Kia Motors Hack, California DMV Data Breach, Morse Code Phishing Campaigns – Cybersecurity News and Trends

By Published On: February 19th, 2021Categories: IT-Security Trends, News

1. Kia Motors Suffers a Ransomware Attack, and a $20 million Ransom is Demanded

  • The notorious ransomware gang, DoppelPaymer, has seized critical systems belonging to Kia Motors America. Thus, impacting business continuity within 800 dealerships; the integrity of critical data; and the company’s reputation.
  • According to the attackers, to receive a decryptor and a return back to normalcy, Kia Motors is being asked to pay a ransom of 404 Bitcoins (valued at $20 million).
  • Although the attackers’ original target was Hyundai Motor America, Kia’s parent company, the effects of the ransomware attack is being felt the most by Kia.

SME Comments: The DoppelPaymer ransomware gang is known for stealing unencrypted files before encrypting devices and then posting parts of the stolen data on their data leak site as an attempt to further pressure victims into paying. The stealing of unencrypted data is a widely used attack tactic by ransomware actors to coerce their victims into paying ransoms. One of the most successful ransomware gangs, Emsisoft, stated that it has affected more than 1,300 companies globally.

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2. A Supply Chain Data Breach Affects California’s DMV

  • The California Department of Motor Vehicles (DMV) has reported that one of its third-party vendors, Automatic Funds Transfer Services (AFTS), suffered a security compromise that affected data transfer operations across its supply chain.
  • Due to this security incident, California’s DMV decided to quickly halt all data distribution operations via the AFTS platform until further notice, as it remains uncertain whether the DMV’s data were impacted by the attacker.
  • According to the State of California, the third-party vendor was given access to sensitive DMV data, including vehicle registration numbers, license plate numbers, and other personally identifiable information of Californians. However, social security numbers were not shared with the third-party vendor, therefore that specific data is not at risk.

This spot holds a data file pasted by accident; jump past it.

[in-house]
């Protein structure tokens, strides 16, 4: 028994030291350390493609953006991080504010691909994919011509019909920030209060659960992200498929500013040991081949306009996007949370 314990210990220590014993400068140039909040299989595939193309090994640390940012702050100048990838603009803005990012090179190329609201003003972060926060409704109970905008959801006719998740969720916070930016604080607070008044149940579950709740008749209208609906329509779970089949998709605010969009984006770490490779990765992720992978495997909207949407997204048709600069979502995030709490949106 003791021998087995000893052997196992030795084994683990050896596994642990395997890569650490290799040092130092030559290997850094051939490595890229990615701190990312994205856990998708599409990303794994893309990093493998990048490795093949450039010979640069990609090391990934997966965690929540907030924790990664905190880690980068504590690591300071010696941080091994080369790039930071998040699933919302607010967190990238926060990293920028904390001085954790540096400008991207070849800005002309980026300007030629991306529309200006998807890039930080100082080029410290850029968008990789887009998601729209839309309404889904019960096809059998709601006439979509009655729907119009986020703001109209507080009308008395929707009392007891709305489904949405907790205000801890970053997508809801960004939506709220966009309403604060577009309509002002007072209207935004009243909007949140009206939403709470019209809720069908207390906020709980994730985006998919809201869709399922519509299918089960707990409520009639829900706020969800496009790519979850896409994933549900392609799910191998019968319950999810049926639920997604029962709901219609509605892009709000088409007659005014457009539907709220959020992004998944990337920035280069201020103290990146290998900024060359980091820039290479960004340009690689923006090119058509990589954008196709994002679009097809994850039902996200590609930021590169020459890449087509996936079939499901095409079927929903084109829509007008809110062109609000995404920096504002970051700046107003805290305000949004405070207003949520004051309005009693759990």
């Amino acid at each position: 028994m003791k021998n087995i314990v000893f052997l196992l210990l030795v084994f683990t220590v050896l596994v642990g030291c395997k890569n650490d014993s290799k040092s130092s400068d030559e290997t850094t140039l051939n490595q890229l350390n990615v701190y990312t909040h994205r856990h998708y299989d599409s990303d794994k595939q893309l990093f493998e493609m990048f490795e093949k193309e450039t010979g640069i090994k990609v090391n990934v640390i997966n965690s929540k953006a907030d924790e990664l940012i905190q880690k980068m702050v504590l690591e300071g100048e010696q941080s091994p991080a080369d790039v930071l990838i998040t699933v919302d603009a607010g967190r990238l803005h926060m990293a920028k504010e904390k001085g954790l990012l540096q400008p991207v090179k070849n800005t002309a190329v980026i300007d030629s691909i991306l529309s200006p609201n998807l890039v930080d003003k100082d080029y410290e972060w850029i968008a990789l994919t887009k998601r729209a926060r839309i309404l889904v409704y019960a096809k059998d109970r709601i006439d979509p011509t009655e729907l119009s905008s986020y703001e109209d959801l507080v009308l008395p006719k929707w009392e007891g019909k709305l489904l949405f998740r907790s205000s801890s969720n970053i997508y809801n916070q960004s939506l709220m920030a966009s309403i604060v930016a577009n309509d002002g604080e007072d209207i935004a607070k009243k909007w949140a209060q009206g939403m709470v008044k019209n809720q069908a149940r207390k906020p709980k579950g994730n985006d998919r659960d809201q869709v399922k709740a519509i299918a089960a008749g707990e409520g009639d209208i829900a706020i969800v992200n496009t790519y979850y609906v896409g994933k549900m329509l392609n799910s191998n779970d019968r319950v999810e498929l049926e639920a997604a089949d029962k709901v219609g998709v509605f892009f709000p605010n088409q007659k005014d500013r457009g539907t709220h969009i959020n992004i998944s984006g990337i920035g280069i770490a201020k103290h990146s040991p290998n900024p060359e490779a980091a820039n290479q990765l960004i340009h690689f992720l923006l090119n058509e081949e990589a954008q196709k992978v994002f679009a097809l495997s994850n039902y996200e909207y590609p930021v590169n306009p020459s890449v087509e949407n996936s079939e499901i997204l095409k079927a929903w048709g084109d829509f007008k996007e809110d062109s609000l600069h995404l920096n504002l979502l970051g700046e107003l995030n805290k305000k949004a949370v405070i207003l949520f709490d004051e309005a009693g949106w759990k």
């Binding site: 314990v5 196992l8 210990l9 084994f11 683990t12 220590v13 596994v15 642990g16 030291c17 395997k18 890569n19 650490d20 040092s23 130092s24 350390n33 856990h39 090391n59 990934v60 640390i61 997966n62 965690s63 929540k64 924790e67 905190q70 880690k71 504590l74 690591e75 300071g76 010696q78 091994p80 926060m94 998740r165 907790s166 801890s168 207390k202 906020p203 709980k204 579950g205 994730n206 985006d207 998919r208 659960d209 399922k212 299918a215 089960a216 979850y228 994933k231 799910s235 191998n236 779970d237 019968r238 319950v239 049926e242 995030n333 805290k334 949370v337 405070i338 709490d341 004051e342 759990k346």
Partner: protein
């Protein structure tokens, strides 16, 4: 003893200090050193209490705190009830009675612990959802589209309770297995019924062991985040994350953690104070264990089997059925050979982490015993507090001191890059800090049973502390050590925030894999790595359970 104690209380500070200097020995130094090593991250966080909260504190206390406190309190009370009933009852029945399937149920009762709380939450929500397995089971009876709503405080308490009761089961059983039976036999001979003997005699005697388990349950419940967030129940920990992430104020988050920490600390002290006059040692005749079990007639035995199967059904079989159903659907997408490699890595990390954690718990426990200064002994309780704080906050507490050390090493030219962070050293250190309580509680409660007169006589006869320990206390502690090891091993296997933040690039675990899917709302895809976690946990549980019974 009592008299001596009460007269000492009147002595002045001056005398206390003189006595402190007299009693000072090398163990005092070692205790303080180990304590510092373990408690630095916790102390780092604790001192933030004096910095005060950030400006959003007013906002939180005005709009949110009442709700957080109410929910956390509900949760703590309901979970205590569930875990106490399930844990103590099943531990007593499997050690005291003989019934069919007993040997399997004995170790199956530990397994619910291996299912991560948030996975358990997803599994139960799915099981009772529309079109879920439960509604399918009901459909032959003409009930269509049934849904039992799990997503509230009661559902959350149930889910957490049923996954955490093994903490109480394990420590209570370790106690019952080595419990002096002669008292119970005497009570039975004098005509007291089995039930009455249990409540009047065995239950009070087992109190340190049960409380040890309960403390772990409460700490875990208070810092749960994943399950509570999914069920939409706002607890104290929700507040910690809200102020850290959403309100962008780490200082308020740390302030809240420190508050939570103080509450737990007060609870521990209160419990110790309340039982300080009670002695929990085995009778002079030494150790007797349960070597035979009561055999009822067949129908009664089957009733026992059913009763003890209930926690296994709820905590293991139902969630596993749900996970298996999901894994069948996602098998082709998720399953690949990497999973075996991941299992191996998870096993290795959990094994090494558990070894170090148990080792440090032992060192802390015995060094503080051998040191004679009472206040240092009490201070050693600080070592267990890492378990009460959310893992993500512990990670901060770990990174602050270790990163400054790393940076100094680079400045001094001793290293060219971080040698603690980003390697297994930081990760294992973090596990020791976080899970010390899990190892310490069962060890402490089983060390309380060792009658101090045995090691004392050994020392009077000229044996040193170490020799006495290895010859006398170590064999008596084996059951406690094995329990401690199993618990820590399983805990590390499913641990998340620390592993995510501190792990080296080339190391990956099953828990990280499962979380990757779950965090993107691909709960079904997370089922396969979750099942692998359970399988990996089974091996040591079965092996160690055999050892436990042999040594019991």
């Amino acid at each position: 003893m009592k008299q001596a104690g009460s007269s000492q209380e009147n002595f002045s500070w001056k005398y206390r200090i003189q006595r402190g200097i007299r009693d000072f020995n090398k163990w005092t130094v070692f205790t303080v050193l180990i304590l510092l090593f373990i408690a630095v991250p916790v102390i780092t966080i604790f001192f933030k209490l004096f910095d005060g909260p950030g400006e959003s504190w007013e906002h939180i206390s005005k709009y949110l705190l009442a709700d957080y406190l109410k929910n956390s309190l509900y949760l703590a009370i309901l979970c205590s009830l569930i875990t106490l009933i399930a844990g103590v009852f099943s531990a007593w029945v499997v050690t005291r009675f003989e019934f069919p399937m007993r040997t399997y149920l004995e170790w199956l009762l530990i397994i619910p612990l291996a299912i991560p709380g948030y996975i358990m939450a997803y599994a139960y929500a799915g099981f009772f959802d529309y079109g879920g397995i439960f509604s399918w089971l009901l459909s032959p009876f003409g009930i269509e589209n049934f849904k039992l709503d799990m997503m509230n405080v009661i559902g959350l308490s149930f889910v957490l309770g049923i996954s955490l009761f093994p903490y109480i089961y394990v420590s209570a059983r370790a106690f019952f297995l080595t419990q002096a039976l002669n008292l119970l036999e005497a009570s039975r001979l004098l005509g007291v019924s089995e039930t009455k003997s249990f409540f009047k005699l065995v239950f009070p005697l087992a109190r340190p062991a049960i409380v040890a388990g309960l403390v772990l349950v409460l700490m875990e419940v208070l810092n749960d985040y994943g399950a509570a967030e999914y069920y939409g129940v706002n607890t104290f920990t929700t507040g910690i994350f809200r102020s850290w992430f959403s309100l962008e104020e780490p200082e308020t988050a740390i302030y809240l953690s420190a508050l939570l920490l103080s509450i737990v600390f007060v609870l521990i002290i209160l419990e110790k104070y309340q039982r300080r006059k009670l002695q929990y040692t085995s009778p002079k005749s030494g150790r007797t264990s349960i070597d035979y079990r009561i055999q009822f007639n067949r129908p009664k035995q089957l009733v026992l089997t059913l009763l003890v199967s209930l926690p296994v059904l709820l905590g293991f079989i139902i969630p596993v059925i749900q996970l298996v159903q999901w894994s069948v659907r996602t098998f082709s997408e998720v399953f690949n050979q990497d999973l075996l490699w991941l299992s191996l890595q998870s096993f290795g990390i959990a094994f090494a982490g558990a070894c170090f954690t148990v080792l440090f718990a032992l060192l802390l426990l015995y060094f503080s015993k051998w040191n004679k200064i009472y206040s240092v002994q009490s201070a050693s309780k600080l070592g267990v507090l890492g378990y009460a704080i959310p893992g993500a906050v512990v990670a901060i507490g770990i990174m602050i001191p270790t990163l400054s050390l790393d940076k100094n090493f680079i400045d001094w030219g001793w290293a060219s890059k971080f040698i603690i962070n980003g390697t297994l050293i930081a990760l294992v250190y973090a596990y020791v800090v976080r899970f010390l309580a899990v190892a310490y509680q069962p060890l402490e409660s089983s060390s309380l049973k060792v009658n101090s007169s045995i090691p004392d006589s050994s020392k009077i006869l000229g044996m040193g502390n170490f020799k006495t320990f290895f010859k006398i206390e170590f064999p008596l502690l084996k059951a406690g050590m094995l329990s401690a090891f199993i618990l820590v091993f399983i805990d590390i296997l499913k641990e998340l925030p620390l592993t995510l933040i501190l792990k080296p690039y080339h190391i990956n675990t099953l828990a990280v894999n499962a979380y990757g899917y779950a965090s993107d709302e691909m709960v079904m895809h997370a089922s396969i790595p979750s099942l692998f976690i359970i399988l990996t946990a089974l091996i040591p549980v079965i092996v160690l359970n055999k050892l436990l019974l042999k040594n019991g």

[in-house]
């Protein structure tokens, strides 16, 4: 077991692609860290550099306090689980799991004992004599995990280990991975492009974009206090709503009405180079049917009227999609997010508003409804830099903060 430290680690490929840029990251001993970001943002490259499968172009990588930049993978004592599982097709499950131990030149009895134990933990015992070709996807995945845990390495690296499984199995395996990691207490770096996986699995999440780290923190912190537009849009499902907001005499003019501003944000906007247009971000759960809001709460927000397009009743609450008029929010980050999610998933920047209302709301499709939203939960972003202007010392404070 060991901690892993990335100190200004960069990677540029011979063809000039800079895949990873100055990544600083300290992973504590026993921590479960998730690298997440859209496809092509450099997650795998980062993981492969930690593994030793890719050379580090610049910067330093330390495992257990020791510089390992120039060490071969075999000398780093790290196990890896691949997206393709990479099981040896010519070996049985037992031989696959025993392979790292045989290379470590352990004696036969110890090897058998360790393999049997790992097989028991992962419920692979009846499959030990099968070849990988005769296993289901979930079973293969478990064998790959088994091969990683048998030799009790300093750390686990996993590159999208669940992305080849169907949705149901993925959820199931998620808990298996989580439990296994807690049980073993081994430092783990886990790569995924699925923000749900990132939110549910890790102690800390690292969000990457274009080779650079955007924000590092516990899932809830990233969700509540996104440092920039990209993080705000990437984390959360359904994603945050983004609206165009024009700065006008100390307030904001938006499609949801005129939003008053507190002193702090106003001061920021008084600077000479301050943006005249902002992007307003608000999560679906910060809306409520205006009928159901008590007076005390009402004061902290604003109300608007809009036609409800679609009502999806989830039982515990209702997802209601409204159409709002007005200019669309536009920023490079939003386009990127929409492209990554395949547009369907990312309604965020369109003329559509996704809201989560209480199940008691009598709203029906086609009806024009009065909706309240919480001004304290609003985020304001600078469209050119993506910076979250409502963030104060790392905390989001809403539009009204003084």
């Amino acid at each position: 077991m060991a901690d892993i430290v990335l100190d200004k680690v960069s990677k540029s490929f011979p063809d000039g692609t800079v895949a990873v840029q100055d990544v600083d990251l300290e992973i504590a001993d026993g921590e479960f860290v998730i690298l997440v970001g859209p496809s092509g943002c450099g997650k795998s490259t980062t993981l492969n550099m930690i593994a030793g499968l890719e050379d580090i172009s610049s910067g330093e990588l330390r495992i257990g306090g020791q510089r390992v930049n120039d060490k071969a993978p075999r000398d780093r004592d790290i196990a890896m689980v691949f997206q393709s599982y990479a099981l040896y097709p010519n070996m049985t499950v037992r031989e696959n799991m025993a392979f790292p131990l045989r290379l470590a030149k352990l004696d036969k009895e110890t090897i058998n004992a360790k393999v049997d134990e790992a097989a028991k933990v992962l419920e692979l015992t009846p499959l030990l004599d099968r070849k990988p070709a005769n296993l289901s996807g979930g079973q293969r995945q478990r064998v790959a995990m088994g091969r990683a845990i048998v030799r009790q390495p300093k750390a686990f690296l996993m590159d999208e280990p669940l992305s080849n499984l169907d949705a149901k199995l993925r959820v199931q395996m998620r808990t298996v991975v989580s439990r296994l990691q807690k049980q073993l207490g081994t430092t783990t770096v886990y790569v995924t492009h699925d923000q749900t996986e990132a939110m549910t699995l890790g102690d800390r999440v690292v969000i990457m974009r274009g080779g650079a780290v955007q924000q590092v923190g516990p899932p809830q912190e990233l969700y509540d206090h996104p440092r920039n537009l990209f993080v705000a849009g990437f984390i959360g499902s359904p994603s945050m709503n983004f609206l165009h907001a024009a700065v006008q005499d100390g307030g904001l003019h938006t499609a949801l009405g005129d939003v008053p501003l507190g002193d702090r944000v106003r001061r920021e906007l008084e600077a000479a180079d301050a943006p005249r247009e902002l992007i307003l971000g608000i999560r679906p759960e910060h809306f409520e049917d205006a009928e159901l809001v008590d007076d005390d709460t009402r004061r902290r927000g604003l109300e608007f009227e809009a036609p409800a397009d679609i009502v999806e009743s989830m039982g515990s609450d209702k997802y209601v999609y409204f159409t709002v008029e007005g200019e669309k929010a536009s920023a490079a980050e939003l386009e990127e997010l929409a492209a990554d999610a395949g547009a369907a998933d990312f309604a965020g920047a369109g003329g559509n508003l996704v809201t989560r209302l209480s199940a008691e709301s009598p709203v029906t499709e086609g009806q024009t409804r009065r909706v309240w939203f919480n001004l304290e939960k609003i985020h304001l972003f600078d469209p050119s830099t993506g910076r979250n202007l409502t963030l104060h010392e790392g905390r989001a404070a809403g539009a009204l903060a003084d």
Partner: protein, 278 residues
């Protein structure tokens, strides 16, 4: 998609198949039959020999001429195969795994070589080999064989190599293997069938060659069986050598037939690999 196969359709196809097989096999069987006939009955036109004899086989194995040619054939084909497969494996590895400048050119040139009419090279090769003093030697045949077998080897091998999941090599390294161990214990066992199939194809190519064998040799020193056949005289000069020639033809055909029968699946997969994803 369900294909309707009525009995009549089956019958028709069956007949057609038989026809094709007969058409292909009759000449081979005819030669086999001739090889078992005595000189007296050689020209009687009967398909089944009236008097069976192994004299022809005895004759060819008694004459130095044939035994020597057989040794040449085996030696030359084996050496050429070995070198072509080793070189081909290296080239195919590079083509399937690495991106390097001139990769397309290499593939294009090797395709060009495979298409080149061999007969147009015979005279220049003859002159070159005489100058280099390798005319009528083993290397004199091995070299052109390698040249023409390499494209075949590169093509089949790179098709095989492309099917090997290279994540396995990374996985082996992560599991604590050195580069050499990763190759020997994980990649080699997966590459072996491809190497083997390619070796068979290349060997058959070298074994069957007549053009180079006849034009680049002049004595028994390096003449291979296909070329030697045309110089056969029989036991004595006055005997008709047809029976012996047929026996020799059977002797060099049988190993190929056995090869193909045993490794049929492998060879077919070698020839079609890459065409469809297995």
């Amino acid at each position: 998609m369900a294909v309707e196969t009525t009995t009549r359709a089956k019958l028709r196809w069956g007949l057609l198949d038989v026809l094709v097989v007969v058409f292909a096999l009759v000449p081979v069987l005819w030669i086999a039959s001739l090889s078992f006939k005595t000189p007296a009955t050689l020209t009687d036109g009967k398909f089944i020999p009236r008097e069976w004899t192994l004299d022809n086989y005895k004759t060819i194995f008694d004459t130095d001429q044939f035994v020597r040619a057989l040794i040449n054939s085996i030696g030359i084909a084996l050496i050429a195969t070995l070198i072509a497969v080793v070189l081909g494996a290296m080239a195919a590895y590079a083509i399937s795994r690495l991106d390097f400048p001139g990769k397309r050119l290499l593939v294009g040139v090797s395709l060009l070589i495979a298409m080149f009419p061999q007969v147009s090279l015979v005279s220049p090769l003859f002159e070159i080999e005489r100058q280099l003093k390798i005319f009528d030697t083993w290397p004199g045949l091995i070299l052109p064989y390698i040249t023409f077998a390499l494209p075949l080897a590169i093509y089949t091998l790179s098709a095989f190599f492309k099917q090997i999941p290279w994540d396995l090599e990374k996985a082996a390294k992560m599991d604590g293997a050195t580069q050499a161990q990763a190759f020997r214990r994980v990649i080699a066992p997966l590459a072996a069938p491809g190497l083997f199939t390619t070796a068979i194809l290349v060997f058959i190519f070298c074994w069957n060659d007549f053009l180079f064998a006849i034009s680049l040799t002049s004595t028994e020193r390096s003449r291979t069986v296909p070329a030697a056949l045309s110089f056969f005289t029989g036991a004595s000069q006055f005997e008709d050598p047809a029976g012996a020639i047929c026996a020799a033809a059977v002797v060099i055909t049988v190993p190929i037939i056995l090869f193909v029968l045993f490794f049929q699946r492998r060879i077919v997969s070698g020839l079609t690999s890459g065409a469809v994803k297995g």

SME Comment: The California DMV would have been in more trouble had they permitted access to more than was necessary client information to ATFS. Companies are allowed to share data as long as they check the ‘lawful basis’ of implementation. Either way, it is upon you as an organization to be mindful of how much you share and also guarantee that the third-party can protect your customers.

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3. Remote Desktop Protocol (RDP) Attacks Skyrocket By 768%

  • The rise in remote work has provided hackers with greater opportunities to infiltrate corporate networks undetected, by using legitimate credentials from phishing campaigns or purchased from the dark web. In 2020, security researchers detected 29 billion attempted Remote Desktop Protocol (RDP) attacks targeting remote workers.
  • This 768% growth in RDP-based attacks proved that the RDP ports in most organizations are often misconfigured, thus providing attackers with even greater access to otherwise secured networks.
  • An attackers’ end goal for leveraging RDP-based vulnerabilities is to gain persistent command-and-control of a target’s infrastructure and attain elevated access into otherwise secured environments for the deployment of malicious payloads and creation of backdoors.